PRESENTATION ABSTRACTS2018-08-16T03:29:23+00:00

Dr. Brian Riddell

President & CEO, Pacific Salmon Foundation, Vancouver, BC.
1974 BSc. University of Guelph, 1979 PhD. Zoology, McGill University

Salmon, Science, and Society …

Sounds like the title for a book, but after a few discussions with the conference organizers, I will braid a story from these very broad themes.  The state of salmon is an increasingly difficult to summarize as trends differ significantly depending on geography, time period, influence of enhancement projects, and local perspectives.  Western science has progressed in leaps recently but many of our salmon issues require more local and holistic knowledge that we continue to struggle to integrate.  But under climate change, I expect local and traditional knowledge to become more informative than western-based predictions since that knowledge base will be more informative at the scales, over space and time, important to local salmon populations and their habitats.  It will be this convergence of knowledge that may finally create an effective salmon society necessary to protect and restore Pacific salmon for future generations.  Ironically, the social network that we need to create today reflects the network of salmon populations that evolved over thousands of years … unfortunately, it has taken a long time to realize this!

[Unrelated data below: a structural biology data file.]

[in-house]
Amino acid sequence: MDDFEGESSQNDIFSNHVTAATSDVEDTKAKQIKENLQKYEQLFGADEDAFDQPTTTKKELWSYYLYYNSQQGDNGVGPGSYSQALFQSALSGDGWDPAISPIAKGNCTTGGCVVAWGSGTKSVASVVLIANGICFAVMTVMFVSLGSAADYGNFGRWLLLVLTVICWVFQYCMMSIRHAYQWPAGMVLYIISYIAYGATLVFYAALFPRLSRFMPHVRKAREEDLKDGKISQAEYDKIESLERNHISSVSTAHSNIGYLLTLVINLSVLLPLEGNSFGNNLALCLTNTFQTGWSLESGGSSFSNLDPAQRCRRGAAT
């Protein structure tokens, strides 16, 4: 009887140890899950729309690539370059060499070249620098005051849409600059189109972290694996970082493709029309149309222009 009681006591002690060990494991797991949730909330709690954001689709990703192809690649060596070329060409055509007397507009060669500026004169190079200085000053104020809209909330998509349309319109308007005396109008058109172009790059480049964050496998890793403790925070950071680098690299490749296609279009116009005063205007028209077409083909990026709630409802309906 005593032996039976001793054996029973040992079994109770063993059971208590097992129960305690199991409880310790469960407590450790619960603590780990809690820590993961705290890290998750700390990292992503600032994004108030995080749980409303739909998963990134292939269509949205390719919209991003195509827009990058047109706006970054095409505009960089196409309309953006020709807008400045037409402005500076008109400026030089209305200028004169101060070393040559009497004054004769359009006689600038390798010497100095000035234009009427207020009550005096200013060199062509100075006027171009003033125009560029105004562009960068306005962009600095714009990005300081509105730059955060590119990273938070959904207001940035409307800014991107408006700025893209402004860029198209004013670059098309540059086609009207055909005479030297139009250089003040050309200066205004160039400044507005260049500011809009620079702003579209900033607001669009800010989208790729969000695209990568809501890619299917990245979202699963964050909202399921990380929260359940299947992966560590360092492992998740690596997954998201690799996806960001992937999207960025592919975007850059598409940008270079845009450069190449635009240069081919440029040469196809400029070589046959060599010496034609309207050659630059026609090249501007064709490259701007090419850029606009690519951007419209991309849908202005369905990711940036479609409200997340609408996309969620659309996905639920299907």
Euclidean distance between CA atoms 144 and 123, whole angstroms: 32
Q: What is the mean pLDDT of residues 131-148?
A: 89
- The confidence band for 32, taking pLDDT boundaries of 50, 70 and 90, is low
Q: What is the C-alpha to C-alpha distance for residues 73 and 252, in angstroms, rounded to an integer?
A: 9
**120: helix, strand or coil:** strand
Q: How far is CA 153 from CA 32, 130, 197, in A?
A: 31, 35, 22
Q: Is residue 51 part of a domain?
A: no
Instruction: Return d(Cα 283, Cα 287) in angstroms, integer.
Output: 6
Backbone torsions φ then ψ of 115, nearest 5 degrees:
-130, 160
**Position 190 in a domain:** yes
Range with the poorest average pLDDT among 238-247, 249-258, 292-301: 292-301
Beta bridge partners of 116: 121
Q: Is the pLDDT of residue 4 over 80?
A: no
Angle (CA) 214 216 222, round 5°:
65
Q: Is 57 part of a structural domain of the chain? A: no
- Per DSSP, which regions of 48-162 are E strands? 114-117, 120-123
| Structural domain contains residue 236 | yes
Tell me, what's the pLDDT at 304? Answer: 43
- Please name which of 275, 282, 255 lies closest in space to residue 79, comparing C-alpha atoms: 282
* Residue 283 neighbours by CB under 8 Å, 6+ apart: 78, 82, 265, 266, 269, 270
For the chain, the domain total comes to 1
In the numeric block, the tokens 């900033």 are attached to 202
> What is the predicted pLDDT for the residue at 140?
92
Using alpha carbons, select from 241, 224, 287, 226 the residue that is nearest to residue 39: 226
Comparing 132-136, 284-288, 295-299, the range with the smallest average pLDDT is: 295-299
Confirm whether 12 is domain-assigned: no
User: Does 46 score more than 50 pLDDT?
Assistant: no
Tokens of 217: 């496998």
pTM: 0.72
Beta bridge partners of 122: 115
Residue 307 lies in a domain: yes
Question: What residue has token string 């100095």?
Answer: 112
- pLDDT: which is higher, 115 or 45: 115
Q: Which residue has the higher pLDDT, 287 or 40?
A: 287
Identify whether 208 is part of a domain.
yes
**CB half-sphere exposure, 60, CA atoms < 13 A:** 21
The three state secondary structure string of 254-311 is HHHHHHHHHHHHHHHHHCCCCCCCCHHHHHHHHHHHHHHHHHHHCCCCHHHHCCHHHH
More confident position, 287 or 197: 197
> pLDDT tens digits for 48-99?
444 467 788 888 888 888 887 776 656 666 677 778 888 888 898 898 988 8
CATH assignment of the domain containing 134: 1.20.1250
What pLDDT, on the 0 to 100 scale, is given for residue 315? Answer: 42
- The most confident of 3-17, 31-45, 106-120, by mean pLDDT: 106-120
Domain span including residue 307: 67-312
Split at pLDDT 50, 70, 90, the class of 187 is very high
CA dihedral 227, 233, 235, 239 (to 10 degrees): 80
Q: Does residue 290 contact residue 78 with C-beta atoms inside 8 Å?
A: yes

Courtney W. Mason, PhD

Associate Professor, Canada Research Chair, Rural Livelihoods and Sustainable Communities,
Thompson Rivers University

Parks and Protected Areas: What is being Conserved and for Whom?

This talk will focus on a brief history of park development in Canada which will overview the impacts on ecosystems and local peoples. For Indigenous communities, the histories of parks and protected areas have often facilitated displacement, cultural loss and food insecurity. In the 21st century, many Indigenous peoples are using new park designations and related legal frameworks to protect their traditional lands, their key ecosystems, and the food sources that they support. Conflict over who makes land use decisions is common between multiple stakeholders, such as natural resource extraction and tourism industries, Indigenous communities, as well as numerous levels of government. To demonstrate the complexity of these issues and possible ways forward to protect fish and critical watersheds, examples will be drawn from Western Canada and Māori land-use management in Aotearoa/New Zealand.  

Dawn Morrison

Secwepemc Nation, Indigenous Food Sovereignty Specialist

Indigenous Food Sovereignty and Wild Salmon Conservation

As the Founder/Chair of the Working Group on Indigenous Food Sovereignty (WGIFS) and a member of the Secwepemc nation, Dawn will begin by highlighting Indigenous food and eco-social and spiritual values associated with wild salmon. Dawn will share insights gained in her studies of eco-cultural restoration, as well as over 11 years of mobilizing Indigenous food sovereignty knowledge and networks, will propose a conceptual framework designed to honour wild salmon and the complex system of Indigenous bio-diversity and cultural heritage in the watershed. In the spirit of deep and meaningful truth and reconciliation, the presentation will provide an overview of the deep systems change needed to address the ecological and social crises impacting wild salmon and water.